Morning: Spend the a.m. sunning on St. Tropez’s famous beaches. The Plage de Tahiti, on Pampelonne beach, is one of the most famous sandy stretches on the coast: The Allied forces landed here in 1944, and since Brigitte Bardot filmed Et Dieu… Créa La Femme here in the 1950s, it’s been the spot to be seen. It’s also been “clothing optional” since the 1960s, but if you’d prefer to skinny dip with a little more privacy, try Plage de La Layet, Gigaro, or Escalet.

Plage de Tahiti
Plage de Tahiti Courtesy of Plage de Tahiti

 

Afternoon: Dine al fresco at one of the many beachfront restaurants along the Pampelonne, then catch the train to Cannes (it takes about 25 minutes, but budget at least another 25 minutes for the taxi from the beach to the station). Home to the most famous film festival, Cannes is worth a stroll but mostly for the sake of ogling the countless couture storefronts and iconic buildings.

Evening: Skip the often gridlocked, hour-long (minimum) ride from Cannes to Nice by calling an UberCOPTER (the option will pop up in your Uber app when you’re in either city). The seven-minute flight costs $160€ per person each way, including rides to and from the airport (a steal compared to what the average Cannes resident is dropping on transportation, judging by the marina). You’ll get priceless views of the azure Mediterranean Sea below and a voyeuristic bird’s-eye view of the billion-dollar homes dotting the coast. Call ahead for seats at Le Plongeior, a seafood restaurant perched on two rocks above the Mediterranean Sea; the catch of the day is always fresh and served with a panoramic view. After indulging in the ice chocolate truffle dessert, make your way home for the night at the Grand Hôtel Du Cap-Ferrat, an iconic Four Seasons property.

Le Plongeior
Le Plongeior Courtesy of Le Plongeior

 

Sunday

Morning: If there were ever a spot to sleep in, the Grand Hôtel Du Cap-Ferrat—with its cloud-like mattresses and secluded spot at the end of Cap-Ferrat peninsula—would be it. But don’t be mad when the golden Mediterranean light beaming through the French windows wakes you; take advantage of the early morning with a dip in the seaside infinity pool followed by a decadent buffet breakfast on the hotel’s protected property.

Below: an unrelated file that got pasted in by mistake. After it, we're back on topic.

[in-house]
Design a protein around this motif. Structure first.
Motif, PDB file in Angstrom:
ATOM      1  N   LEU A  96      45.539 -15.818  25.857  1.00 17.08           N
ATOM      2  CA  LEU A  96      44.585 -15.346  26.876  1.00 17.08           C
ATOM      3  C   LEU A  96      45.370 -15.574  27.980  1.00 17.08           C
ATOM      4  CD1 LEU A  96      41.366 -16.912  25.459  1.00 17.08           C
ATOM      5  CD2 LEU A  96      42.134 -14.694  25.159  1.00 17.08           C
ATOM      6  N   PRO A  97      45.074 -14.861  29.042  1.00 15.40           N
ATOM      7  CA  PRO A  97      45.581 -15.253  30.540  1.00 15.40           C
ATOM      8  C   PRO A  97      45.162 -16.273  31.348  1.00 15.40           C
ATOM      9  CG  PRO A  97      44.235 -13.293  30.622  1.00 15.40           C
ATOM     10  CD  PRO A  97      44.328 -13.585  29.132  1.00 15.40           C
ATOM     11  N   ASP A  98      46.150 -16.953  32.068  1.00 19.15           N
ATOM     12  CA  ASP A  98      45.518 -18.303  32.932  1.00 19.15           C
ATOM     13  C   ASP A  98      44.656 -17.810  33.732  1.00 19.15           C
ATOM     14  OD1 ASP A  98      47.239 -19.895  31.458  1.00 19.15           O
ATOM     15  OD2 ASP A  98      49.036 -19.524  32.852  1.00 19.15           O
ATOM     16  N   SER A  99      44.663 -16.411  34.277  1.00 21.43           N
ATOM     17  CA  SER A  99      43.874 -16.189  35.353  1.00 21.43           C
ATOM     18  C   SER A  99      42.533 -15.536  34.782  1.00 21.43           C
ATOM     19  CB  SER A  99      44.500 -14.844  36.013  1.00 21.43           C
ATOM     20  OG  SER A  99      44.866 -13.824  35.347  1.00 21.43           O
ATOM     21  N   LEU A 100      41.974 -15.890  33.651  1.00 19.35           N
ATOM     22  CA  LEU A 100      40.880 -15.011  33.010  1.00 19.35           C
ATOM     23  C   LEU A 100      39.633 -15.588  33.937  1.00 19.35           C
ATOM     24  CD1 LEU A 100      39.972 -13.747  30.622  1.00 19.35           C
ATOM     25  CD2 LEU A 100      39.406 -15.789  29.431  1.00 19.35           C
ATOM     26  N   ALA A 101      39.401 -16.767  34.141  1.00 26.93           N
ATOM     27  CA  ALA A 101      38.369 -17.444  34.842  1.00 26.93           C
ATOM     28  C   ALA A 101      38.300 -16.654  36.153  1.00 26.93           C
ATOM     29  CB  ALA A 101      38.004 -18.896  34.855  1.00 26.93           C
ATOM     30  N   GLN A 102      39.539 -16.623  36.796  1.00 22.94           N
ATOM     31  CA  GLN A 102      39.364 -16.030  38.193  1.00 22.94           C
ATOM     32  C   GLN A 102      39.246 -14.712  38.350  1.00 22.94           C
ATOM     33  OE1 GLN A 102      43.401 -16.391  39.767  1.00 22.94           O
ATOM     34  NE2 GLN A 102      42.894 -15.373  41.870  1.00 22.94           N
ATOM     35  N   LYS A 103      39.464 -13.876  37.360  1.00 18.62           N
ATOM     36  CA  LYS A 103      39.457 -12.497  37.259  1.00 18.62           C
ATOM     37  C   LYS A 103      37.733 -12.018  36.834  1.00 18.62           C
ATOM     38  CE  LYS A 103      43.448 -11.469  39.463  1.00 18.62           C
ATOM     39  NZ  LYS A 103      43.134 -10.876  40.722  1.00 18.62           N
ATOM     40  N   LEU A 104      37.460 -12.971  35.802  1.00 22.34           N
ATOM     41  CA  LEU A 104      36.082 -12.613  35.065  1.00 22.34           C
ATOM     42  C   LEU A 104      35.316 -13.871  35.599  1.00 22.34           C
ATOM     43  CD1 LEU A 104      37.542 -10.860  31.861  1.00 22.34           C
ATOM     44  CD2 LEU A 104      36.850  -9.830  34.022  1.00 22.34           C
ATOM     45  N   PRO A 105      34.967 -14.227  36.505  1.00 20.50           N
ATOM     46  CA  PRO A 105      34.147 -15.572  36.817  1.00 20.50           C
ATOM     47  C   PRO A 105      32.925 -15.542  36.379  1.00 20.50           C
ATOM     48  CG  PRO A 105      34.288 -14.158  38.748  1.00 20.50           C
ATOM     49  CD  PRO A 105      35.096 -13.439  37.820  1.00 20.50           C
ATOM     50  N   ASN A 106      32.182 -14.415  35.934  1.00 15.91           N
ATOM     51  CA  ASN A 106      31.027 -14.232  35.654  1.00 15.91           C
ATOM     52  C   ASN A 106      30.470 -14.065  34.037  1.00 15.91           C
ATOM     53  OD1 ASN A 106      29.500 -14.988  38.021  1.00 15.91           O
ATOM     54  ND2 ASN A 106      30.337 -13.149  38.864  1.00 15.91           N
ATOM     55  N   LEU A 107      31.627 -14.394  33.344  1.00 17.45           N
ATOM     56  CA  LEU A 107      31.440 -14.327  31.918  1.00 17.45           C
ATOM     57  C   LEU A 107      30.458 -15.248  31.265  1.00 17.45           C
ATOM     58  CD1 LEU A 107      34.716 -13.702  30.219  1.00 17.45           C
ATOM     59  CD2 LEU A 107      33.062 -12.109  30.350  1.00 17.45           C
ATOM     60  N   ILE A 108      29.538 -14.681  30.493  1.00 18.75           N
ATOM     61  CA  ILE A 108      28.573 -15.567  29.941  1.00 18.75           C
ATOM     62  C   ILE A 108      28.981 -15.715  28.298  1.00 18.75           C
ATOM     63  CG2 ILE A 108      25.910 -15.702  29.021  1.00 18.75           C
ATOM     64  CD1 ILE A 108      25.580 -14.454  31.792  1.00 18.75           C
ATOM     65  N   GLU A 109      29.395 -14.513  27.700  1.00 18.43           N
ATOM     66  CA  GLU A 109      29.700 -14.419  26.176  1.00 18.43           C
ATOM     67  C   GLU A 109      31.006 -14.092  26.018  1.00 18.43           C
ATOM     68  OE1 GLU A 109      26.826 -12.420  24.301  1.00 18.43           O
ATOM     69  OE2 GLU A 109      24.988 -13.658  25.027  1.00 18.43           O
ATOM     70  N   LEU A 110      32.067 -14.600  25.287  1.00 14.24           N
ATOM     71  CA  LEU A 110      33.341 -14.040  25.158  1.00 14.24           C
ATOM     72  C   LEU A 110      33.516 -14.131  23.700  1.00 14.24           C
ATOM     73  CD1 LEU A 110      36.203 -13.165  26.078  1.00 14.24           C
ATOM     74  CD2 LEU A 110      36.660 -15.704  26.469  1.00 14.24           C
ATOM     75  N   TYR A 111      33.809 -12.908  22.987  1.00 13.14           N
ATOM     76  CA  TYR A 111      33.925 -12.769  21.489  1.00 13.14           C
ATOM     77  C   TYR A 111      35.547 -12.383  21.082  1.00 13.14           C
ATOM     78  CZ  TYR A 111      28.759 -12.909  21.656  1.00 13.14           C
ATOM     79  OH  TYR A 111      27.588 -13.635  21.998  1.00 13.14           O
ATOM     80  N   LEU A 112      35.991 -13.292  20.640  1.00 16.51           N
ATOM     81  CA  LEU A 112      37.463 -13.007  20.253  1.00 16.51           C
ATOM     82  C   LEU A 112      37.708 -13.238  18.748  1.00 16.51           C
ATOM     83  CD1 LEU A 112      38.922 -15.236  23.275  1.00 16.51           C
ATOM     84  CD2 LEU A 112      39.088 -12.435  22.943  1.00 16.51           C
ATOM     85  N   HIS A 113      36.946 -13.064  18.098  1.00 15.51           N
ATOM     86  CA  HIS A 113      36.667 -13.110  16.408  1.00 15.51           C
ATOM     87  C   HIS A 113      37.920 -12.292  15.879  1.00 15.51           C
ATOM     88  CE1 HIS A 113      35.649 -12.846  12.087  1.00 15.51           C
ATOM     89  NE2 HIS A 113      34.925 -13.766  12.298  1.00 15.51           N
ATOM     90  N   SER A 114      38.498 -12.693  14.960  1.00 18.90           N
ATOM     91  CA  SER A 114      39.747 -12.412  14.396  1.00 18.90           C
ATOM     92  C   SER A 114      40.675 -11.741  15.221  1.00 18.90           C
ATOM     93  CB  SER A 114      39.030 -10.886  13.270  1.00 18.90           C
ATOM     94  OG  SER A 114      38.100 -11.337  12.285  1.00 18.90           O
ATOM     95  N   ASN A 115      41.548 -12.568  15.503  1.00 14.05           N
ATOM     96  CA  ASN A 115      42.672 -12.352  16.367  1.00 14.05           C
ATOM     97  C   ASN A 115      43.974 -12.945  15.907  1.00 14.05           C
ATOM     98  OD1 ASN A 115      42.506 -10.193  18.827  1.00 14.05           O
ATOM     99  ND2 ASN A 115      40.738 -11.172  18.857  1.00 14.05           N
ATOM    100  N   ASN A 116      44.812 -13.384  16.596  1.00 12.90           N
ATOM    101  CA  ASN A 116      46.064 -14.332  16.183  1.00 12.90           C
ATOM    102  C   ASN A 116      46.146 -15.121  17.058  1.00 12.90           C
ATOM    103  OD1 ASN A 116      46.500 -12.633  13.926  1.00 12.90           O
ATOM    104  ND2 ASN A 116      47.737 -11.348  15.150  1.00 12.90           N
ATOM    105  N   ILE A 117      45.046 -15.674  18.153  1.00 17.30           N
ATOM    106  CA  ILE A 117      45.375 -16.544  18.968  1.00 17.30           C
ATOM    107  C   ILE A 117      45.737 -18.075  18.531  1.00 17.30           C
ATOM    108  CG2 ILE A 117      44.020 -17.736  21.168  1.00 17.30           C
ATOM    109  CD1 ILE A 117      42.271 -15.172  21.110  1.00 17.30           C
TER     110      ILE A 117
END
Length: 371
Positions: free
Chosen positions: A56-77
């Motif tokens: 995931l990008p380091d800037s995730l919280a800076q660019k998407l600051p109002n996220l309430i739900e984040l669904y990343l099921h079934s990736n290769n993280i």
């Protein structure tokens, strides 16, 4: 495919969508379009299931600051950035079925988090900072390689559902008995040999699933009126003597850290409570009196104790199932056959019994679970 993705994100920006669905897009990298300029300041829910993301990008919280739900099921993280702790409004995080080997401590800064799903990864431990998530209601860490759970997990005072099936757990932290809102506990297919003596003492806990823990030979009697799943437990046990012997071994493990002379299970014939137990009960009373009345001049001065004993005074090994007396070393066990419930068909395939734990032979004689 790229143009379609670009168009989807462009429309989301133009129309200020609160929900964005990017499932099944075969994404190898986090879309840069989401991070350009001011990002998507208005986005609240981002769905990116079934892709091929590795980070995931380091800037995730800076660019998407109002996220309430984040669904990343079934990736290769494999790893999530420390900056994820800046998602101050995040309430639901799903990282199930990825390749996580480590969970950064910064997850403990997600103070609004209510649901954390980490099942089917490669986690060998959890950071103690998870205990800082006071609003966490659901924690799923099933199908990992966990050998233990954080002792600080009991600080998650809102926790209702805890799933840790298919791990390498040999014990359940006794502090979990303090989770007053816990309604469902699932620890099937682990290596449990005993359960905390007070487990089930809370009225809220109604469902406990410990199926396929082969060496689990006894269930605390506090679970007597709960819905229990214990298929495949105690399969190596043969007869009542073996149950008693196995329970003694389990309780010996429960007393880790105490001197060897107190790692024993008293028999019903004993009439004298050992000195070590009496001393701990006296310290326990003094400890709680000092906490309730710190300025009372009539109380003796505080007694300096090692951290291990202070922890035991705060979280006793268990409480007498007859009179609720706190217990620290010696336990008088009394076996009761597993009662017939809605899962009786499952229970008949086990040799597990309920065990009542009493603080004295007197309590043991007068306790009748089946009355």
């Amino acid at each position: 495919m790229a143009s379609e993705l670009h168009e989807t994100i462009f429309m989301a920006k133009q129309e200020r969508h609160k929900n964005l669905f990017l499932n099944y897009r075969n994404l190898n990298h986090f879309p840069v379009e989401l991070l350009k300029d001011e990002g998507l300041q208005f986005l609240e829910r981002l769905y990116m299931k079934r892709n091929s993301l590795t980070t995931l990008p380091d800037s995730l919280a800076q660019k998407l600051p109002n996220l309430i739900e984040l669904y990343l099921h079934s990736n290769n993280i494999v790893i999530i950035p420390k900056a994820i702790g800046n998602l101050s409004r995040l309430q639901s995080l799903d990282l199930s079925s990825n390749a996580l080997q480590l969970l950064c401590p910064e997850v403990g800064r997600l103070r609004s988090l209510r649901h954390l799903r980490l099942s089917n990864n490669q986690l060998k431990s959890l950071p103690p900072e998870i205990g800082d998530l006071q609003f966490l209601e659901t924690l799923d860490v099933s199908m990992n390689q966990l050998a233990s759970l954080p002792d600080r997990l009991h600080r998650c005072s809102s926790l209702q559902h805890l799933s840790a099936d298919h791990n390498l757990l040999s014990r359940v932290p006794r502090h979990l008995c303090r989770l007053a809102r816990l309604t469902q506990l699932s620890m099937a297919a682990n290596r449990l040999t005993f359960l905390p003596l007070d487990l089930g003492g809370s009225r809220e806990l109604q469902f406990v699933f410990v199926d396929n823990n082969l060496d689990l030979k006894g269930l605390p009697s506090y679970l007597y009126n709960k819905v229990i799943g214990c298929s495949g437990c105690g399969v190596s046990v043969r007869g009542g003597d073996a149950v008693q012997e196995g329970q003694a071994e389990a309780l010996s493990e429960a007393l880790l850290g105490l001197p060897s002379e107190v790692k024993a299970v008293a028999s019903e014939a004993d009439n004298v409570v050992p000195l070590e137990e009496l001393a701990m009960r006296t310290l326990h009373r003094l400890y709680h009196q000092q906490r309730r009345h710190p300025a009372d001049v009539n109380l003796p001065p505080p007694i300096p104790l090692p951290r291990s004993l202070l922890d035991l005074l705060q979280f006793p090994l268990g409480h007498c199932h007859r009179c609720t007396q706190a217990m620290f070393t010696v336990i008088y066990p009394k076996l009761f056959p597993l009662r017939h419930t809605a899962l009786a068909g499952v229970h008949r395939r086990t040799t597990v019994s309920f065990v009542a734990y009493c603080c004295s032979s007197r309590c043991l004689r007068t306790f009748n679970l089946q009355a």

Afternoon: Explore the maze of Vieux Nice, full of cafes, shops, and ochre-colored buildings in the architectural style of La Belle Epoque (it’s easy to see why artists like Matisse and Chagall called Nice home at one point or another). Then stroll down the four-kilometer Promenade des Anglais, where you can check out landmarks both old (the art-deco Palais de la Méditerranée, built in 1929) and new (local sculptor Sabine Géraudie constructed La Chaise de SAB in 2014). Stock up on fresh produce and snacks like socca (chickpea pancakes) at the Saleya market before catching a 25-minute train over to Monaco.

Evening: Live out all your James Bond fantasies with one last night in Monte-Carlo. Unless you’re a seriously high-roller, you’re not going to see where the real money gets dropped at the Casino de Monte-Carlo, but you can walk in and play European Roulette, English Roulette, Trente et Quarante, Blackjack, and Texas Hold’em poker. The building itself is a masterpiece and the glossy cars lined up out front are enough to make you drool while you wait for seats at one of the two restaurants on site, Le Train Bleu and Le Salon Rose. If you’re not into the casino scene, you can reserve a spot at the Michelin-starred Le Louis XV for (not cheap) local delicacies; sip the only craft beer in Monaco at Brasserie de Monaco; or dance and people-watch until the wee hours at Café de Paris.

Monday

Morning: Good news: Since flying back to the States from Europe is like flying back in time, you don’t need to wake up at the crack of dawn to catch your flight. Sleep off your hangover, then make your way to Museum of Antique Automobiles, where you can gawk at roughly 100 classic cars from Prince Rainier III’s private collection—including the Rolls Royce Grace Kelly rode in on her wedding day, the 2013 Lotus Formula One race car, and many more.